1. What is Tik Tok?
Tik Tok is a social network app, where its users share videos of a wide range of categories, from lip-syncing to comedic skits to viral challenges. Tik Tok is the product of a famous Chinese company, Brytedance, that has only been in existence for just a few years. It is more like a digital karaoke of this generation.
The app’s videos, unlike Snapchat or Instagram’s videos, which are square are long, but you navigate through videos like a feed, scrolling up and down, not by swiping side to side. It recommends users to interact with other users, through response videos or by duplicating videos and add themselves alongside – duet.
The app has undergone different name changes. Has experience multiple upgrades. It has all only helped to increase its popularity to new heights.
It is an outlet for young people to express their thoughts and ideas through singing, dancing, comedy, and lip-syncing. The app permits users to create videos recorded in 15 seconds and share them across various social media platforms. TikTok has over 1 billion downloads, with its popularity and influence continuing to spread. It is free for all, easy to use, not only because of it’s user-friendly tools, but because it gives the user reasons and promptings from time to time.
2. How did it become so Popular?
Going back to the roots of the app to know how it began, it is essential to note that Tik Tok didn’t start as Tik Tok. ByteDance, a Chinese tech company that runs several social networking apps, in 2016, launched a short-video app in China called Douyin. As at that time, they launched this new creation from the company; it was not a new app for China’s market. However, Douyin’s popularity went up within a year, having about 100 million users and 1 billion video views each day. Quite a massive turnout. The next year, Bytedance decided to expand the Duoyin app outside of China to the international markets under a new name, “Tik Tok.” Again the app broke records rising to the top of the charts in the Asian markets (Japan, Thailand).
As Tik Tok began to get worldwide recognition, another short-video app was making waves in the U.S.A.: Musical.ly. Its focus was on creating 15-seconds lip-syncing music videos. The original idea for the app was to develop short-form education videos. In 2015, the app hit No. 1 spot in the App Store and stayed there. Not long after the vine video app, influencers migrated to musical.ly, enabling massive engagement on the app.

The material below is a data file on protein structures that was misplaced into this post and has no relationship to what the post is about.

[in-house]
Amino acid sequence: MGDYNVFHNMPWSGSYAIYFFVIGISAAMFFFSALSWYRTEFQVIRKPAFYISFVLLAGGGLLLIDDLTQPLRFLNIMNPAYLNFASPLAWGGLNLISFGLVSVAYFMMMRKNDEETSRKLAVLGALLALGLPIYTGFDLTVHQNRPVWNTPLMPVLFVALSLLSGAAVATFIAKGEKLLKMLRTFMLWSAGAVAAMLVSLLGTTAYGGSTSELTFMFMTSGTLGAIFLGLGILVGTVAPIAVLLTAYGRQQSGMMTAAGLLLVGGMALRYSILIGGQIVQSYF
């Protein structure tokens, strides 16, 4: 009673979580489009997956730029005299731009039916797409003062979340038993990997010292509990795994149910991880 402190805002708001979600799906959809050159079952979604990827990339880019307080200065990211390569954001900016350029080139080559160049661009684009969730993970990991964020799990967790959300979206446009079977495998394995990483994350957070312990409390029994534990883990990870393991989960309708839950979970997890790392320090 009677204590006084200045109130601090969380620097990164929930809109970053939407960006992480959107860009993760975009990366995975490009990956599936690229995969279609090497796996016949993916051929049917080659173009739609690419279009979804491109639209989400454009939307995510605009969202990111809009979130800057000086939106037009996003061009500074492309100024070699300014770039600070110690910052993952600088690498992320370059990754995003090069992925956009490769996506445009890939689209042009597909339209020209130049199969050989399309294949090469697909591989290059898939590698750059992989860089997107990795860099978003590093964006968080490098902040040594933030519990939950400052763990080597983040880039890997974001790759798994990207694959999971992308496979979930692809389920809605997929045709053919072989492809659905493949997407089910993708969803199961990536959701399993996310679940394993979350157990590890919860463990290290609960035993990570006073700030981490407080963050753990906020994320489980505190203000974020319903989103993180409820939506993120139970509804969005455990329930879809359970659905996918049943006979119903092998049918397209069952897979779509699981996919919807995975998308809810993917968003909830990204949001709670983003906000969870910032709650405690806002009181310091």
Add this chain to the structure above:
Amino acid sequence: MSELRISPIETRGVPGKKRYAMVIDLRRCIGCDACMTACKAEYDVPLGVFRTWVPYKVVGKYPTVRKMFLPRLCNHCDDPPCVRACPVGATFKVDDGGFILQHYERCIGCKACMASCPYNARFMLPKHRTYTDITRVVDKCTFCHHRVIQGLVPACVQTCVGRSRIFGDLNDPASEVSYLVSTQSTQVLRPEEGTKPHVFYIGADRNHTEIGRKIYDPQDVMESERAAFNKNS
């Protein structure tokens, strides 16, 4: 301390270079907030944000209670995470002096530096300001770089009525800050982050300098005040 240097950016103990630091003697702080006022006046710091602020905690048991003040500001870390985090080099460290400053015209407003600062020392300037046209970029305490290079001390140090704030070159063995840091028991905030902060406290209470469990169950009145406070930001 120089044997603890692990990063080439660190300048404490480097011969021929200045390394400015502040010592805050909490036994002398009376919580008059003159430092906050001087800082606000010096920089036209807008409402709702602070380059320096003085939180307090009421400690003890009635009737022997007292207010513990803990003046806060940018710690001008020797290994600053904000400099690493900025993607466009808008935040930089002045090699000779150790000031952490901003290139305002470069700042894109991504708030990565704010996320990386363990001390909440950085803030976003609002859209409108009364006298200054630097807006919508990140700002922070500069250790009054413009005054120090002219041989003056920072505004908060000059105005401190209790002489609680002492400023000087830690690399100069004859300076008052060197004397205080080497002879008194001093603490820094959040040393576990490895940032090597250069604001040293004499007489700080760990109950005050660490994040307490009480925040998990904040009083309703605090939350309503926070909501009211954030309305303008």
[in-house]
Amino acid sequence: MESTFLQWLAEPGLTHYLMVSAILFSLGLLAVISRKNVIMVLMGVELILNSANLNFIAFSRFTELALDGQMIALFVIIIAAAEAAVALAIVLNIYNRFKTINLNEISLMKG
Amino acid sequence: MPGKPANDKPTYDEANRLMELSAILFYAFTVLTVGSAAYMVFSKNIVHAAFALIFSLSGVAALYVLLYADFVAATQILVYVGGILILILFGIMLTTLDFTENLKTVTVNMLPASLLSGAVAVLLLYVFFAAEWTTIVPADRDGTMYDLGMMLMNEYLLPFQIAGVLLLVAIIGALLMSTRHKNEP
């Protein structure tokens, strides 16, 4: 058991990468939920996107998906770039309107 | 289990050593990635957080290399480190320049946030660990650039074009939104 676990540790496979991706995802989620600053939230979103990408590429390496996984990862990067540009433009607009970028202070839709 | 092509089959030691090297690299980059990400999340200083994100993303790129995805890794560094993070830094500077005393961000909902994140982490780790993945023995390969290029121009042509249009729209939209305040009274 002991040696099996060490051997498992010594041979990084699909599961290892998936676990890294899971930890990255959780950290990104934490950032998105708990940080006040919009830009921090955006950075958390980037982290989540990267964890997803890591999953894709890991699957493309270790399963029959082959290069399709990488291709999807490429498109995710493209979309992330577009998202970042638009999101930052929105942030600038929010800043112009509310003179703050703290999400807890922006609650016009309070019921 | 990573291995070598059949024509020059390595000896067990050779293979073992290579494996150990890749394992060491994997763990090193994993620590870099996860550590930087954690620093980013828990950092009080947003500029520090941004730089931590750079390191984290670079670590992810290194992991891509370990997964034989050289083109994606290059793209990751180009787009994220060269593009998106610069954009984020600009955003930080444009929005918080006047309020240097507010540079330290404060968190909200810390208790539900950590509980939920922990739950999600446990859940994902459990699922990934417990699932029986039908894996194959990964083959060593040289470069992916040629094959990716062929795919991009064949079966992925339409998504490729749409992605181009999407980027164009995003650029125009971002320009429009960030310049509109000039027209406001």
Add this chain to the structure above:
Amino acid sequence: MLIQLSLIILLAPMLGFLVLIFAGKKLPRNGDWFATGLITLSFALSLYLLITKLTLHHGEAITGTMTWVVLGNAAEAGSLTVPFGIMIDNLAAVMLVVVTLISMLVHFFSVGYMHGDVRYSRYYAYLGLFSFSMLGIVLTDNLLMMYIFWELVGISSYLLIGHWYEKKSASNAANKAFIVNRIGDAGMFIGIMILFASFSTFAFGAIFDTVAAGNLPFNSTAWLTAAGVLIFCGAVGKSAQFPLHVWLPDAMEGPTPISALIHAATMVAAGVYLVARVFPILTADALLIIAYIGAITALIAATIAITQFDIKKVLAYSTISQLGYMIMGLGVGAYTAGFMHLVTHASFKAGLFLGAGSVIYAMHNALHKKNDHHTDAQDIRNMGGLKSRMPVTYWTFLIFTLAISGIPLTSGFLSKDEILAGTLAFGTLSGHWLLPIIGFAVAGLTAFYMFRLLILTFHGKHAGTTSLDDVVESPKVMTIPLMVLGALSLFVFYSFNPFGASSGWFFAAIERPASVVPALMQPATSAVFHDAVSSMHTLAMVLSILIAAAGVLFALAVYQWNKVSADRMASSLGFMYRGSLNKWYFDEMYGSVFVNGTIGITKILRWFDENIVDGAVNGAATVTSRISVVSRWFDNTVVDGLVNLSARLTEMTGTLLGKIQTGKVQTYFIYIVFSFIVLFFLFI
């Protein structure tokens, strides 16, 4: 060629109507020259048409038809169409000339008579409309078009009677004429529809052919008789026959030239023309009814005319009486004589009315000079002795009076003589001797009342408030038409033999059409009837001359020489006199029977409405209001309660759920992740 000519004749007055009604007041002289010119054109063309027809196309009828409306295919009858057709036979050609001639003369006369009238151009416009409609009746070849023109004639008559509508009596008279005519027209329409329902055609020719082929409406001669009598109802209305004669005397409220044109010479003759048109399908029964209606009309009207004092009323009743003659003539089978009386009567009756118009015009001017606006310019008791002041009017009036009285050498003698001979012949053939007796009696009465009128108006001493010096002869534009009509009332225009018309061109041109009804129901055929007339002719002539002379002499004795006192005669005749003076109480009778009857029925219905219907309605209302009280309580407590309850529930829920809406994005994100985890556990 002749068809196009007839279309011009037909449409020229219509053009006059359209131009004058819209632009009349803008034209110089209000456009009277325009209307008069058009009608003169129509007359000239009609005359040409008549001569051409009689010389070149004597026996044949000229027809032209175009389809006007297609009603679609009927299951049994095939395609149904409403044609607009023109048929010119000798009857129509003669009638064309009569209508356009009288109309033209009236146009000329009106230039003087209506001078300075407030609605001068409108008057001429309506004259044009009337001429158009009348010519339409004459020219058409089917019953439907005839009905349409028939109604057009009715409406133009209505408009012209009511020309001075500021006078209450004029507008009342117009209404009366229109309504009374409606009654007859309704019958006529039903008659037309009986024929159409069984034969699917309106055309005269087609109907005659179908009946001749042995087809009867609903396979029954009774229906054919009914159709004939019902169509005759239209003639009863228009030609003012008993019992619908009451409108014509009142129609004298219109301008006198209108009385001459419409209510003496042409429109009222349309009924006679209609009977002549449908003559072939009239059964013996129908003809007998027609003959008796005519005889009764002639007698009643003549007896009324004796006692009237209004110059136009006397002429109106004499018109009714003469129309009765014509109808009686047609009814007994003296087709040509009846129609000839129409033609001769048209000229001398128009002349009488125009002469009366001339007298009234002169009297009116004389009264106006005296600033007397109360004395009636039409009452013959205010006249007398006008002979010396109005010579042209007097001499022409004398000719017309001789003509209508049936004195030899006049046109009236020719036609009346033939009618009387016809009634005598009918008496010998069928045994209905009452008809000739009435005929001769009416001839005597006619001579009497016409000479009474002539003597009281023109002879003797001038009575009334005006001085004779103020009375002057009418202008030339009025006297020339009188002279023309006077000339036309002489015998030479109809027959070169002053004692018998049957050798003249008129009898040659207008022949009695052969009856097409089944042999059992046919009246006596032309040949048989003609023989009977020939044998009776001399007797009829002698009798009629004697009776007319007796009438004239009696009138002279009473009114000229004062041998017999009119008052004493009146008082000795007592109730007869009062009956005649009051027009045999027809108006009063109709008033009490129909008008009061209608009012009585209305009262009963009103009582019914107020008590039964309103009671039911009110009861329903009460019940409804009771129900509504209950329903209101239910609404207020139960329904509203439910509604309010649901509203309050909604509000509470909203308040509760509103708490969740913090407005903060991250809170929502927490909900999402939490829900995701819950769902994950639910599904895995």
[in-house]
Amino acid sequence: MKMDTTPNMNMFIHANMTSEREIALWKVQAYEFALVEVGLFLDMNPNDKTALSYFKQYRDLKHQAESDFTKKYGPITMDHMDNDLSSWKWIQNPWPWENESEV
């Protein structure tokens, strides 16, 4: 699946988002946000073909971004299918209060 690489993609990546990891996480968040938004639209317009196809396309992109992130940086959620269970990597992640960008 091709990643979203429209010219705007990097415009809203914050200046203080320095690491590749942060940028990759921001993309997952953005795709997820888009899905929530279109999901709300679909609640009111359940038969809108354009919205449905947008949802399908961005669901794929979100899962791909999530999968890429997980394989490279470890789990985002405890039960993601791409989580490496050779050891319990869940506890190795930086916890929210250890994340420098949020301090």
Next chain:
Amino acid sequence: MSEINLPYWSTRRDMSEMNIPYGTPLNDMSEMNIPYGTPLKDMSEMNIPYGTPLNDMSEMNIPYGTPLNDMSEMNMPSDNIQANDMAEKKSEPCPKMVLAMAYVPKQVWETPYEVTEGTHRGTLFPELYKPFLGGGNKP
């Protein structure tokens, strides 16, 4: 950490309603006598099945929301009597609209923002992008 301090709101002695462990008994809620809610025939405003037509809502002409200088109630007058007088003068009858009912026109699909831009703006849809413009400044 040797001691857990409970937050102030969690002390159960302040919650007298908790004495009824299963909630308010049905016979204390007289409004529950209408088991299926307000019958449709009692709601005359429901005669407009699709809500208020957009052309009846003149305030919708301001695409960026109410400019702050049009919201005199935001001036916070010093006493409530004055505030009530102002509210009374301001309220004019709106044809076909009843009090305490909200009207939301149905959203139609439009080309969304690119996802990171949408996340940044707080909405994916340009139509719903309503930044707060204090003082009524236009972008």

In November 2017, ByteDance moved to purchase Musical.ly in a deal valued at $1 billion. Bytedance operated the short-form video apps, Musical.ly and TikTok, as two distinct entities. After a year in operation, in August 2018, ByteDance announced it was merging Musical.ly with TikTok. All Musical.ly profiles were automatically moved over to the TikTok platform.
Ever since the merger, TikTok has only become more and more popular in the U.S. Together, the two short video app’s TikTok has had more than 1.2 billion all-time downloads in the world with its popularity reaching up to 6million installs in December 2018 within that same month.
3. How can businesses use it for advertisement?
The first thing any business that would want to use tik tok for advertisement would be to understand how the platform operates and what provision it has for advertisement. We have, however, been able to explain the app’s objective and working principle.
Earlier this year, Tik Tok launched a beta of its “managed service platform,” which introduced it into the biddable ads space. It still requires representatives to run the ads, however.
Tik Tok currently has only one ad unit: the standard in-feed video ad. The app is a feed of short video clips, so when the user logs into the platform, it introduces its user base to ads in-feed. Three action models are associated with these in-feed video ads: C.P.C. (cost per click), C.P.M., CPV (cost per view (6 seconds).
Tik Tok focuses its ad targeting to gender, and state-level location-targeting. The company has also promised that as time goes on, it would add interest, behavioral, more demo targeting over time.
The brand takeover ad appears instantly when an app user opens the app, bringing your message front and center.
The hashtag challenges employ user-generated content (U.G.C.) by asking users to engage in problems, which are quite popular on the app; This creates a possibility for the users to create and share content on the platform which has a high potential for virality.
Given the explosive growth of the app, it’s worth trying the potential of its ad products for your business.
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